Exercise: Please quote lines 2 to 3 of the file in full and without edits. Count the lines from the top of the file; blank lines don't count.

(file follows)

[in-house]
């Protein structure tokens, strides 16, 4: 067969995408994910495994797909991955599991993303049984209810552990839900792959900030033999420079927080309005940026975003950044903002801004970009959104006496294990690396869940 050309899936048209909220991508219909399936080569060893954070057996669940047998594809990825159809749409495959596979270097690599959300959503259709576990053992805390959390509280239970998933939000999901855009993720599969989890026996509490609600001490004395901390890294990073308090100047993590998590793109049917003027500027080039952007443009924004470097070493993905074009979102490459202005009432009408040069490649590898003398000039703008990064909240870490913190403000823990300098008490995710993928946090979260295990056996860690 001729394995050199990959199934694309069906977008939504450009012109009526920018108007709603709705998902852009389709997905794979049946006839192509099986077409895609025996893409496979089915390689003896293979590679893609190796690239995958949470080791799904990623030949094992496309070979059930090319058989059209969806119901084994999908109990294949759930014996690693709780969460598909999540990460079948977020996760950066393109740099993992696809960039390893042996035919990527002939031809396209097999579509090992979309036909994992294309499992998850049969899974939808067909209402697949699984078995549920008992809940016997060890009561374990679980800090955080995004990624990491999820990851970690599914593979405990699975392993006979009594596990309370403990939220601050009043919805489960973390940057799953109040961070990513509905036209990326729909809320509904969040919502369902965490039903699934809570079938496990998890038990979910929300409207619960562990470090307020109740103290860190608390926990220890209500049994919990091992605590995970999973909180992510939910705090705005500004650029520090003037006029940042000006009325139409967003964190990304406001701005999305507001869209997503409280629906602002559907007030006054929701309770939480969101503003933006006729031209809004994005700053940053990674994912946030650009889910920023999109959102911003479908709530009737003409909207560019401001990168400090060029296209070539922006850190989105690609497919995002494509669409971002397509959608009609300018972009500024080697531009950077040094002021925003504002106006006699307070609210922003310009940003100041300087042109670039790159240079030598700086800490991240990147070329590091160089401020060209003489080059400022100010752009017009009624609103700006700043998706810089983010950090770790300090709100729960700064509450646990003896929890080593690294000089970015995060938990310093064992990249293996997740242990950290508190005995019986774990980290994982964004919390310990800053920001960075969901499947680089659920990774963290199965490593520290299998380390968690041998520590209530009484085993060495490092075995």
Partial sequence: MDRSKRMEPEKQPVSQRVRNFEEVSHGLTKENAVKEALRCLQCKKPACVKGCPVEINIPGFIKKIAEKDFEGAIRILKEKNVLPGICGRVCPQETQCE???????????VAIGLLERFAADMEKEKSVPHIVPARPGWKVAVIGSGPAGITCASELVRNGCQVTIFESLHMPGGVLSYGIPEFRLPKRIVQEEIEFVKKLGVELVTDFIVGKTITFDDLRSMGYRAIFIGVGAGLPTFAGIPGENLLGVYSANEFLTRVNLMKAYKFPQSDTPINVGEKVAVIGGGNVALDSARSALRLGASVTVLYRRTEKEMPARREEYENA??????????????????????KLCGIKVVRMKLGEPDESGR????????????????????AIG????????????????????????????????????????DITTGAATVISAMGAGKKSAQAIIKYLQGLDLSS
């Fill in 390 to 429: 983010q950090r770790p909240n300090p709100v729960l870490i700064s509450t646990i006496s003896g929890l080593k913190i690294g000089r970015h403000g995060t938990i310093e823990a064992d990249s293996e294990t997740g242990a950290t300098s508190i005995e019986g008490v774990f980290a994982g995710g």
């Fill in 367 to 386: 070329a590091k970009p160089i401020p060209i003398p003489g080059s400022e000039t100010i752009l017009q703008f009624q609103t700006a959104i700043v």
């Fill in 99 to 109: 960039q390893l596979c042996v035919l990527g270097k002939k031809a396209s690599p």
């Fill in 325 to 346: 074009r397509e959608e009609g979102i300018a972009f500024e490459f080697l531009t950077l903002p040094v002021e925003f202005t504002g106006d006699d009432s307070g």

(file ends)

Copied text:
């Protein structure tokens, strides 16, 4: 067969995408994910495994797909991955599991993303049984209810552990839900792959900030033999420079927080309005940026975003950044903002801004970009959104006496294990690396869940 050309899936048209909220991508219909399936080569060893954070057996669940047998594809990825159809749409495959596979270097690599959300959503259709576990053992805390959390509280239970998933939000999901855009993720599969989890026996509490609600001490004395901390890294990073308090100047993590998590793109049917003027500027080039952007443009924004470097070493993905074009979102490459202005009432009408040069490649590898003398000039703008990064909240870490913190403000823990300098008490995710993928946090979260295990056996860690 001729394995050199990959199934694309069906977008939504450009012109009526920018108007709603709705998902852009389709997905794979049946006839192509099986077409895609025996893409496979089915390689003896293979590679893609190796690239995958949470080791799904990623030949094992496309070979059930090319058989059209969806119901084994999908109990294949759930014996690693709780969460598909999540990460079948977020996760950066393109740099993992696809960039390893042996035919990527002939031809396209097999579509090992979309036909994992294309499992998850049969899974939808067909209402697949699984078995549920008992809940016997060890009561374990679980800090955080995004990624990491999820990851970690599914593979405990699975392993006979009594596990309370403990939220601050009043919805489960973390940057799953109040961070990513509905036209990326729909809320509904969040919502369902965490039903699934809570079938496990998890038990979910929300409207619960562990470090307020109740103290860190608390926990220890209500049994919990091992605590995970999973909180992510939910705090705005500004650029520090003037006029940042000006009325139409967003964190990304406001701005999305507001869209997503409280629906602002559907007030006054929701309770939480969101503003933006006729031209809004994005700053940053990674994912946030650009889910920023999109959102911003479908709530009737003409909207560019401001990168400090060029296209070539922006850190989105690609497919995002494509669409971002397509959608009609300018972009500024080697531009950077040094002021925003504002106006006699307070609210922003310009940003100041300087042109670039790159240079030598700086800490991240990147070329590091160089401020060209003489080059400022100010752009017009009624609103700006700043998706810089983010950090770790300090709100729960700064509450646990003896929890080593690294000089970015995060938990310093064992990249293996997740242990950290508190005995019986774990980290994982964004919390310990800053920001960075969901499947680089659920990774963290199965490593520290299998380390968690041998520590209530009484085993060495490092075995």
Partial sequence: MDRSKRMEPEKQPVSQRVRNFEEVSHGLTKENAVKEALRCLQCKKPACVKGCPVEINIPGFIKKIAEKDFEGAIRILKEKNVLPGICGRVCPQETQCE???????????VAIGLLERFAADMEKEKSVPHIVPARPGWKVAVIGSGPAGITCASELVRNGCQVTIFESLHMPGGVLSYGIPEFRLPKRIVQEEIEFVKKLGVELVTDFIVGKTITFDDLRSMGYRAIFIGVGAGLPTFAGIPGENLLGVYSANEFLTRVNLMKAYKFPQSDTPINVGEKVAVIGGGNVALDSARSALRLGASVTVLYRRTEKEMPARREEYENA??????????????????????KLCGIKVVRMKLGEPDESGR????????????????????AIG????????????????????????????????????????DITTGAATVISAMGAGKKSAQAIIKYLQGLDLSS